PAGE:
An Essay on Writing
by Robert Zumwalt
by Robert Zumwalt
Recently, a morning television news segment featured Stanford professor Philip Zimbardo promoting his book, The Lucifer Effect: his premise, that in the right situation good people do bad things.
He recounted his Stanford Prison Study from 1971 where a prison-like environment was populated by student volunteers who were randomly parsed into roles of prisoners and guards. He noted "the guards quickly became so brutal that the experiment had to be shut down after only six days." Serious casualties left Mr. Zimbardo wondering about his role as warden. Thirty-plus years of research since the aborted study prompted comparisons to contemporary prison-abuse scandals: Abu Ghraib, Guantanamo, etc., with implications that one should, using his metaphor, look beyond the bad apples to the bad barrel.
I read The Lord of the Flies several years before the Stanford study took place. I would hope that Mr. Zimbardo had read it, as well. People are easily led astray and civilized norms are fragile. Environment and long buried experience often override moral teachings.
The cultural assumption that good must triumph frames the discourse on the way life should be. Writers face this tradition -- readers demand it -- but does morality guide our choices, or is it merely the judge of past actions? Mr. Zimbardo's student subjects presumably had average moral training. Did they choose to brutalize their fellow students or was their behavior unleashed by circumstances? Did the barrel spoil the apples?
Contemporary theories echo older cosmologies, suggesting fate may not be in our stars, but in our biochemistry and subconscious mind. A recent article in the New York Times, by Dennis Overbye tackled the subject:
"A bevy of experiments in recent years suggest that the conscious mind is like a monkey riding a tiger of subconscious decisions and actions in progress, frantically making up stories about being in control.
"As a result, physicists, neuroscientists and computer scientists have joined the heirs of Plato and Aristotle in arguing about what free will is, whether we have it, and if not, why we ever thought we did in the first place. "
Whether the monkey is riding the tiger or telling his own tale, the characters we create in our stories are driven by their personal gods and demons. To reduce those forces to the DNA double helix merely substitutes one set of forces with another. The dynamics remain the same. Our stories are created from the known and the hoped for, all wrapped up in whatever language and metaphor of the moment that moves the story along and has meaning for our audience.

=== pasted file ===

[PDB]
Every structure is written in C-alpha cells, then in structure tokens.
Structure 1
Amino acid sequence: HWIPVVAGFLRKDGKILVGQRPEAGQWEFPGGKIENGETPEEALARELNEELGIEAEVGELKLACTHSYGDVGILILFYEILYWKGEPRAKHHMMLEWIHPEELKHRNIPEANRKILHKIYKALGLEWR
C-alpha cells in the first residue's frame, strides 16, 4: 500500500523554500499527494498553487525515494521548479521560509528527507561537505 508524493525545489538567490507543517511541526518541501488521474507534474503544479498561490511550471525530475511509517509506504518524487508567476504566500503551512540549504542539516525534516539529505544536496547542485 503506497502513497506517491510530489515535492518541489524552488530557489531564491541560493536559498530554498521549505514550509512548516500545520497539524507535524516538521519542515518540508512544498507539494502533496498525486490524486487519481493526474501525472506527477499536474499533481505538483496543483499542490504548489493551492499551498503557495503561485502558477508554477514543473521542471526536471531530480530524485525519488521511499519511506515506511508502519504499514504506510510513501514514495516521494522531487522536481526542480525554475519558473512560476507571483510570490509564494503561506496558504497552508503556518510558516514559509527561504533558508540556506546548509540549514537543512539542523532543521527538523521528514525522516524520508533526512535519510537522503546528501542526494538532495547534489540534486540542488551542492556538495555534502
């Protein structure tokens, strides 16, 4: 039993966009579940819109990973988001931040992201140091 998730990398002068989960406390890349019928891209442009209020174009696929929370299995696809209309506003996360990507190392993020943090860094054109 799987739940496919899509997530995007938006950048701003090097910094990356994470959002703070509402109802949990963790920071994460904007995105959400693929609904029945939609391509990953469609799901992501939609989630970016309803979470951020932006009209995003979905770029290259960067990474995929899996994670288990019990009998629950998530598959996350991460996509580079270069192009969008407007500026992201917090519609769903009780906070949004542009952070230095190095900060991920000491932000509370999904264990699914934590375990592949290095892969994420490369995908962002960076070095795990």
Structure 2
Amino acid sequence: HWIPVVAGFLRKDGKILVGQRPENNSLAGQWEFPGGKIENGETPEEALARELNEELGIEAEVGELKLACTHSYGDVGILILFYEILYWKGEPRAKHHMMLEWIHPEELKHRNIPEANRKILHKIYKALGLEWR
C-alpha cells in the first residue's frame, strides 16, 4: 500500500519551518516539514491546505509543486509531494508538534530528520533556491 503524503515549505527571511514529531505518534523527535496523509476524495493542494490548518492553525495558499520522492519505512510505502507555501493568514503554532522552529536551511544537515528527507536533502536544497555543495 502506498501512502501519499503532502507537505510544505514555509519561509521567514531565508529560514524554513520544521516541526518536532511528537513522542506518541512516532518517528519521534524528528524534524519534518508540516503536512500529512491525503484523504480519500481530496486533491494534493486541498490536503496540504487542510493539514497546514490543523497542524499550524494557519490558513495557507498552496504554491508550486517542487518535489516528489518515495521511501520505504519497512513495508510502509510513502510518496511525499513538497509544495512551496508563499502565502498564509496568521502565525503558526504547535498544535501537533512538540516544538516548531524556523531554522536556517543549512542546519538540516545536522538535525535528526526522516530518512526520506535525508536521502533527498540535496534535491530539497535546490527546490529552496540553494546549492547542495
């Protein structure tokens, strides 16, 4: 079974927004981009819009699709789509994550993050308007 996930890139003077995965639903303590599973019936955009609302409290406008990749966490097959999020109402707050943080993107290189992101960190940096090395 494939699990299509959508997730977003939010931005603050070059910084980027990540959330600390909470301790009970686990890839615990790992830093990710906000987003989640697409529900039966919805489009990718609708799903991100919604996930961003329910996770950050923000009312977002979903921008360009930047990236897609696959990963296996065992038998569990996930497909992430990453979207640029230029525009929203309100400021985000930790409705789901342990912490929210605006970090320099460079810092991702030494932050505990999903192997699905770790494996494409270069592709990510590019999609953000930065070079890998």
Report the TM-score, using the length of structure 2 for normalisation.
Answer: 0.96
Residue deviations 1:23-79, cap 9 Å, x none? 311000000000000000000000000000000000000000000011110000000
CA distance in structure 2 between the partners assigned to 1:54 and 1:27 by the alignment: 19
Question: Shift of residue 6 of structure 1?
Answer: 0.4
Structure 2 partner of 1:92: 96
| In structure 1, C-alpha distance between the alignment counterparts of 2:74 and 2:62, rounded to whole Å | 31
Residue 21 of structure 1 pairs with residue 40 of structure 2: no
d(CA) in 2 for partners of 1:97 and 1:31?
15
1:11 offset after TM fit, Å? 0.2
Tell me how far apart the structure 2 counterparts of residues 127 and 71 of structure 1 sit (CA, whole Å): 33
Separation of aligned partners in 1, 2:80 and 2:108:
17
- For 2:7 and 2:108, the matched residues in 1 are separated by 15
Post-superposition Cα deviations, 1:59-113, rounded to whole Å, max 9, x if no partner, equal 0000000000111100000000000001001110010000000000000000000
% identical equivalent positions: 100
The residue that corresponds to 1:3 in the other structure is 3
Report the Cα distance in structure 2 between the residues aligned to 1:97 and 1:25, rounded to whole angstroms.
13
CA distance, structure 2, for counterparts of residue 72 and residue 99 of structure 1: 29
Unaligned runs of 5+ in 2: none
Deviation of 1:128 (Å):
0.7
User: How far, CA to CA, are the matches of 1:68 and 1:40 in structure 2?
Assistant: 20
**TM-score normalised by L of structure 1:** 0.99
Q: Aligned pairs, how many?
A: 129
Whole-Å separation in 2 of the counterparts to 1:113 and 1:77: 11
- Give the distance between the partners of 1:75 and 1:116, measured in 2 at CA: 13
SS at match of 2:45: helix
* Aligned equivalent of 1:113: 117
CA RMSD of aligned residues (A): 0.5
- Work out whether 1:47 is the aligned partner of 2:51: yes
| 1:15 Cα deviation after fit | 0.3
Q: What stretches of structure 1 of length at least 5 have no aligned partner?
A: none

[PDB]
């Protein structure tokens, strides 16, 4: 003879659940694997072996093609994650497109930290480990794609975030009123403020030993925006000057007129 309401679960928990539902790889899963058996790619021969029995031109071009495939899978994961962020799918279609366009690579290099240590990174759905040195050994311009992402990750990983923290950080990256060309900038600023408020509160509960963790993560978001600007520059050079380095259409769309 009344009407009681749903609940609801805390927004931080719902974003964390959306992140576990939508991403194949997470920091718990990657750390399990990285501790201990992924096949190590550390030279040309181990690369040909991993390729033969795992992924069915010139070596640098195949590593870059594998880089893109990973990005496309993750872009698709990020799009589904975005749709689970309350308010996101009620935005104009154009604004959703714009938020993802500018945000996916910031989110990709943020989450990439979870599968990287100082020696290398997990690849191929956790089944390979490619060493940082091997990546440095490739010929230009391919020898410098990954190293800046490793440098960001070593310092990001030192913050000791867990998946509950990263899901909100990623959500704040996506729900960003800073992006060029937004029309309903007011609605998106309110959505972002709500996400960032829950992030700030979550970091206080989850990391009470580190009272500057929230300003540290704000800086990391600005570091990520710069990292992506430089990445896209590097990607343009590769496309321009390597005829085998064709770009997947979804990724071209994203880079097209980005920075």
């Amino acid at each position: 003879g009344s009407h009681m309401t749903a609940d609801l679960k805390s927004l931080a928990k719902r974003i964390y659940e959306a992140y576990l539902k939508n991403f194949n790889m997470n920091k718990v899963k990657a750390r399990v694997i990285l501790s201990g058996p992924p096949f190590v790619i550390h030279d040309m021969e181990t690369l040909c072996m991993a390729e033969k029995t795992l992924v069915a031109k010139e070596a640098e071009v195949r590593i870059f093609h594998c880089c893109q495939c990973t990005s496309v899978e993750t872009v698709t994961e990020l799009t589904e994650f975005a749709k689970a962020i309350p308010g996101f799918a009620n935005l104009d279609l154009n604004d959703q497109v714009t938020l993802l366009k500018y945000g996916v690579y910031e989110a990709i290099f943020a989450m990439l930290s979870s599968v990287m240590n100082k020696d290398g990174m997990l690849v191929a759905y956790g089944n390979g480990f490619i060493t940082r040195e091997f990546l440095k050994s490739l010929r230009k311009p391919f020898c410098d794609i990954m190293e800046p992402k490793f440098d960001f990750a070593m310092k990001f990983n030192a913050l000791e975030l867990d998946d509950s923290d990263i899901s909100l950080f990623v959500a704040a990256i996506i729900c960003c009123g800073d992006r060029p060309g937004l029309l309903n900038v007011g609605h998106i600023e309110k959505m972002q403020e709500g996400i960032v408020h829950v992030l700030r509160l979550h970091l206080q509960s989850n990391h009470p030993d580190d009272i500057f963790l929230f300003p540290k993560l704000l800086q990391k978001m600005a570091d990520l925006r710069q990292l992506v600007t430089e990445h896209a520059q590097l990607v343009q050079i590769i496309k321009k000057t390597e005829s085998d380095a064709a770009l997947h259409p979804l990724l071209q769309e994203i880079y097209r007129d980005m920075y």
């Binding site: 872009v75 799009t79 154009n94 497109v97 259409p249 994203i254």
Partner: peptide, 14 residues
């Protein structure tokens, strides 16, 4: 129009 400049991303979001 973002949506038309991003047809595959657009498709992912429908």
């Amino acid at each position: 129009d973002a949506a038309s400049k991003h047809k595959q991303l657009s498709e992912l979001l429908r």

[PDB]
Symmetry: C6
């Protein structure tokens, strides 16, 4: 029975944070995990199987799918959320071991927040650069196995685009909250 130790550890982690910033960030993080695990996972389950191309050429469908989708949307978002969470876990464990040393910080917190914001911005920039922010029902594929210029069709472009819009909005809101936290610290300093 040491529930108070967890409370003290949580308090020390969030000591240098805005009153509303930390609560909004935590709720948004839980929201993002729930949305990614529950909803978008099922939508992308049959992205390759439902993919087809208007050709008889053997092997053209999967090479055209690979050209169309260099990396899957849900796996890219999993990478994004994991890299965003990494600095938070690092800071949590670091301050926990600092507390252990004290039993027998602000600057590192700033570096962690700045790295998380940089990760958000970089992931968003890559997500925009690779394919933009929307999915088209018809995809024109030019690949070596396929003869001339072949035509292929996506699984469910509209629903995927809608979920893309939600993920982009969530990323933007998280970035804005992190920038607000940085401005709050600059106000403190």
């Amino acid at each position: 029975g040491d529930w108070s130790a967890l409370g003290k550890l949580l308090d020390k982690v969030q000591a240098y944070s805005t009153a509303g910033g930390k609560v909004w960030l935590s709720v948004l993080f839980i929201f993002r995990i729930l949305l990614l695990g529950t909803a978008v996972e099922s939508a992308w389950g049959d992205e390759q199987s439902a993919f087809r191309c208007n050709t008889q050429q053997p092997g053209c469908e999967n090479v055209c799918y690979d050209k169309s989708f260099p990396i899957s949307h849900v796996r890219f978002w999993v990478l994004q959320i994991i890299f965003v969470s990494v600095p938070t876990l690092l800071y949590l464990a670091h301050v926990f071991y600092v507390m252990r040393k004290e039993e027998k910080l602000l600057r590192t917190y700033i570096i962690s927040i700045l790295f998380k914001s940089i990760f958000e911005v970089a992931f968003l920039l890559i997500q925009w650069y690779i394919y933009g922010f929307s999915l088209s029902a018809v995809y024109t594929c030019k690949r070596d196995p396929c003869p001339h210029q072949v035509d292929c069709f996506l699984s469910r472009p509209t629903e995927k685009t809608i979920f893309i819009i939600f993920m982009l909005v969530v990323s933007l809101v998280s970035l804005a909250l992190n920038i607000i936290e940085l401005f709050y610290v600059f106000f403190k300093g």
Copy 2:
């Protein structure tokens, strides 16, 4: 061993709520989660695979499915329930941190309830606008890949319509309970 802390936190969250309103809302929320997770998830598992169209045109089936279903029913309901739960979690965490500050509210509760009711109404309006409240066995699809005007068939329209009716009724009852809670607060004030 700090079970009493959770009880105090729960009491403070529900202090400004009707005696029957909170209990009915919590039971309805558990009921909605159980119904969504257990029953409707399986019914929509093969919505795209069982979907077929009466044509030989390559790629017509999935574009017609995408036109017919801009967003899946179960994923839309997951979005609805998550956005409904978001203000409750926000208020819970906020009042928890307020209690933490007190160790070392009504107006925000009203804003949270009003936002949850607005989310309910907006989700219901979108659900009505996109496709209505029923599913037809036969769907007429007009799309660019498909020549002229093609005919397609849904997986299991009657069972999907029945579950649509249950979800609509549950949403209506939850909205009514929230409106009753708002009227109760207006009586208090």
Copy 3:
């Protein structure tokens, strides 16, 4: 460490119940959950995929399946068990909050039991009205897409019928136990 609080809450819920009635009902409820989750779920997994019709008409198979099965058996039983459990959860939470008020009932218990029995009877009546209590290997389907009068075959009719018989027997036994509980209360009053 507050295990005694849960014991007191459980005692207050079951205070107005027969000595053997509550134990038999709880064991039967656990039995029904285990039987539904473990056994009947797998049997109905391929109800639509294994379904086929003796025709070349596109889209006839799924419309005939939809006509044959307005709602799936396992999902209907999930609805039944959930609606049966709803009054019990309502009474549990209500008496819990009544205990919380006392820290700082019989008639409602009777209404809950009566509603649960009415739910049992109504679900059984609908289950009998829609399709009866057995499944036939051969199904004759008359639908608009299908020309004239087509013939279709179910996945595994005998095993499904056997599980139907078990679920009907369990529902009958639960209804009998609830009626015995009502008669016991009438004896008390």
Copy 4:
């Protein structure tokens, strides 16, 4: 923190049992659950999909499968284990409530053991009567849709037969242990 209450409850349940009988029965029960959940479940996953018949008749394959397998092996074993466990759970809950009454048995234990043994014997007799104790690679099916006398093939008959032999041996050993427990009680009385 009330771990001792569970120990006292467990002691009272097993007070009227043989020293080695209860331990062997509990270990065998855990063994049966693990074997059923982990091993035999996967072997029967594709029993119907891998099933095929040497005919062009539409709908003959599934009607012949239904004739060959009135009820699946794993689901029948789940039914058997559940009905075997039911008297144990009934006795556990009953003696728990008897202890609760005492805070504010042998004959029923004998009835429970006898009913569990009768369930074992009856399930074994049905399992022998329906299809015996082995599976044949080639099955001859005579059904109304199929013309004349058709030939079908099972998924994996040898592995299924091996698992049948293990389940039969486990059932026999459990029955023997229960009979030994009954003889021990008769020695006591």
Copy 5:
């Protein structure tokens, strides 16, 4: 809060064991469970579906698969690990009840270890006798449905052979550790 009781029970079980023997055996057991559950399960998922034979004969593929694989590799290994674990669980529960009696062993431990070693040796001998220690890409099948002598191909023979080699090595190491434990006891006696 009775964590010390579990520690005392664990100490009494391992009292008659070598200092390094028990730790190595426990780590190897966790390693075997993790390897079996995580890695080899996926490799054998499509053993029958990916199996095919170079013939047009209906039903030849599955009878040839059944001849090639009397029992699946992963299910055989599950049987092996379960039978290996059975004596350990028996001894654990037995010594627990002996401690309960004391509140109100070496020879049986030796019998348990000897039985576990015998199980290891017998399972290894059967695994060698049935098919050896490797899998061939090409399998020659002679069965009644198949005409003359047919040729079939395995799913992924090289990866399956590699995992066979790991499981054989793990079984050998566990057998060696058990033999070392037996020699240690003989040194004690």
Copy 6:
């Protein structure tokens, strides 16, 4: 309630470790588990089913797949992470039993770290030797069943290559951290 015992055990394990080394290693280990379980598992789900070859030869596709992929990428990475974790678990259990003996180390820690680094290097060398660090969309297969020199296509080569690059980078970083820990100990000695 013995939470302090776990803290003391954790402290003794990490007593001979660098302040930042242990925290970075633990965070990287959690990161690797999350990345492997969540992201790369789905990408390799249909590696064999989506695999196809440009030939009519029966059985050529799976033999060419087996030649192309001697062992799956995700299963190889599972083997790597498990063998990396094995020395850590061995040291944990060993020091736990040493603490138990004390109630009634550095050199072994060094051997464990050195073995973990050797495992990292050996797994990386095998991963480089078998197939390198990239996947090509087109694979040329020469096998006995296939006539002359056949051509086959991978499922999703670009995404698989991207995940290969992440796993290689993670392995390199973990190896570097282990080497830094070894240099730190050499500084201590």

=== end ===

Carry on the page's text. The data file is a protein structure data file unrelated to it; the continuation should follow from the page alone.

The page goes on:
To dramatize: a child born in a remote village in Guatemala is not likely to worry about his prospects for Stanford. At least he won't worry about it in the same way that children in my neighborhood and their parents do, with their learning centers and SAT coaches. The boy's poverty is determinism of the existential sort. If the jungle around him instills a passion that leads to a quest to do biological research, it may eventually pit him against a minuteman at the US border who believes the boy should know his place in the world order and stay on his own side of the fence. Where he belongs. The boy's passions and the minuteman's own flavor of determinism, the nativist version of the "elect of God" syndrome, are in conflict.
Here are two flavors of determinism in the same story premise, with two paths taken -- chosen or driven doesn't matter. The first is based on physical circumstances; the boy is born into poverty. The latter is based on acculturation; the man has been taught from childhood that America is for those of European descent and sensibilities. Both sets of circumstances pre-exist as the backstory for these individuals and, as history, cannot be changed. This basic scenario can generate at least two stories: one about the boy and one about the minuteman. In either case, the social and political context would have to be brought in to satisfy my sense of drama. Otherwise, it would become a shallow paean to a hero quest or a diatribe against rednecks. Both individuals have much more to reveal about themselves. They have mothers and friends and lovers, and just as critical to their actions, their own perspective of their worlds: the way they have processed all that they have acquired over their lifetimes.
While the heroic nature of the boy's quest for an education is compelling, the xenophobia in which the antagonist was raised is raw material for the kind of noirish tales I construct. In my story I would be inclined to balance the boy's struggles with the minuteman's interior journey where he uncovers the dark corners of his own
Mine is a Left Coast perspective with heroes and villains to satisfy my sense of truth. I'm sure Rush Limbaugh, Don Imus, or followers of Jerry Falwell would tell the story differently.
- Zimbardo, Philip. "The Lucifer Effect." 2007
- Overbye, Dennis. "Free Will: Now You Have It, Now You Don't" New York Times. 2 Jan. 2007.